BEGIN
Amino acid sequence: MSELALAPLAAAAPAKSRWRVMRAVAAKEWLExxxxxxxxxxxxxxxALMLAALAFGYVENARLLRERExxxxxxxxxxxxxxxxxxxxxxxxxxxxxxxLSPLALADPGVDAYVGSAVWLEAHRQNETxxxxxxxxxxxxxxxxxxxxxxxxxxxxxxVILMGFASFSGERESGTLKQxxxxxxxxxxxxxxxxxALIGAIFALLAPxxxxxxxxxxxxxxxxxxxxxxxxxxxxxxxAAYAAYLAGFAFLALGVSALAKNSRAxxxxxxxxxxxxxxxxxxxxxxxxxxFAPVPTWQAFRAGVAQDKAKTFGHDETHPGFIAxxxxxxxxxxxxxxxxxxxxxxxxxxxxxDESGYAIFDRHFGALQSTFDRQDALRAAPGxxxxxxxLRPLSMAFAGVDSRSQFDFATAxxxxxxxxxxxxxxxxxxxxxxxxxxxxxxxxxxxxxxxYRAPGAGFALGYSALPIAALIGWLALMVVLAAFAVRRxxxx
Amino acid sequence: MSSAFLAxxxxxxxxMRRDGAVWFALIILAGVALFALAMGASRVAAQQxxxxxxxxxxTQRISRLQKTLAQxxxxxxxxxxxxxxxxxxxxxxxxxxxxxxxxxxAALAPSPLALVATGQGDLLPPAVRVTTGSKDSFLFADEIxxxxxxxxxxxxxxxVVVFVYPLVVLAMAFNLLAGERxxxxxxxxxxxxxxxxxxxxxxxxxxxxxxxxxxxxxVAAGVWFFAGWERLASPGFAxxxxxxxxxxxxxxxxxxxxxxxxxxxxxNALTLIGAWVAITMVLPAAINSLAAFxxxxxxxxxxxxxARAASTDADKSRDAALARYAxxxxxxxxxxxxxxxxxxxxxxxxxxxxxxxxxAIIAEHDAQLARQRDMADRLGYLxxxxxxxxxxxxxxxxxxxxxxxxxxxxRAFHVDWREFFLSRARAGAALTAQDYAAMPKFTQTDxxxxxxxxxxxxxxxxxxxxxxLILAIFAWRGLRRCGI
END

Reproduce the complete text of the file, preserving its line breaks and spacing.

Amino acid sequence: MSELALAPLAAAAPAKSRWRVMRAVAAKEWLExxxxxxxxxxxxxxxALMLAALAFGYVENARLLRERExxxxxxxxxxxxxxxxxxxxxxxxxxxxxxxLSPLALADPGVDAYVGSAVWLEAHRQNETxxxxxxxxxxxxxxxxxxxxxxxxxxxxxxVILMGFASFSGERESGTLKQxxxxxxxxxxxxxxxxxALIGAIFALLAPxxxxxxxxxxxxxxxxxxxxxxxxxxxxxxxAAYAAYLAGFAFLALGVSALAKNSRAxxxxxxxxxxxxxxxxxxxxxxxxxxFAPVPTWQAFRAGVAQDKAKTFGHDETHPGFIAxxxxxxxxxxxxxxxxxxxxxxxxxxxxxDESGYAIFDRHFGALQSTFDRQDALRAAPGxxxxxxxLRPLSMAFAGVDSRSQFDFATAxxxxxxxxxxxxxxxxxxxxxxxxxxxxxxxxxxxxxxxYRAPGAGFALGYSALPIAALIGWLALMVVLAAFAVRRxxxx
Amino acid sequence: MSSAFLAxxxxxxxxMRRDGAVWFALIILAGVALFALAMGASRVAAQQxxxxxxxxxxTQRISRLQKTLAQxxxxxxxxxxxxxxxxxxxxxxxxxxxxxxxxxxAALAPSPLALVATGQGDLLPPAVRVTTGSKDSFLFADEIxxxxxxxxxxxxxxxVVVFVYPLVVLAMAFNLLAGERxxxxxxxxxxxxxxxxxxxxxxxxxxxxxxxxxxxxxVAAGVWFFAGWERLASPGFAxxxxxxxxxxxxxxxxxxxxxxxxxxxxxNALTLIGAWVAITMVLPAAINSLAAFxxxxxxxxxxxxxARAASTDADKSRDAALARYAxxxxxxxxxxxxxxxxxxxxxxxxxxxxxxxxxAIIAEHDAQLARQRDMADRLGYLxxxxxxxxxxxxxxxxxxxxxxxxxxxxRAFHVDWREFFLSRARAGAALTAQDYAAMPKFTQTDxxxxxxxxxxxxxxxxxxxxxxLILAIFAWRGLRRCGI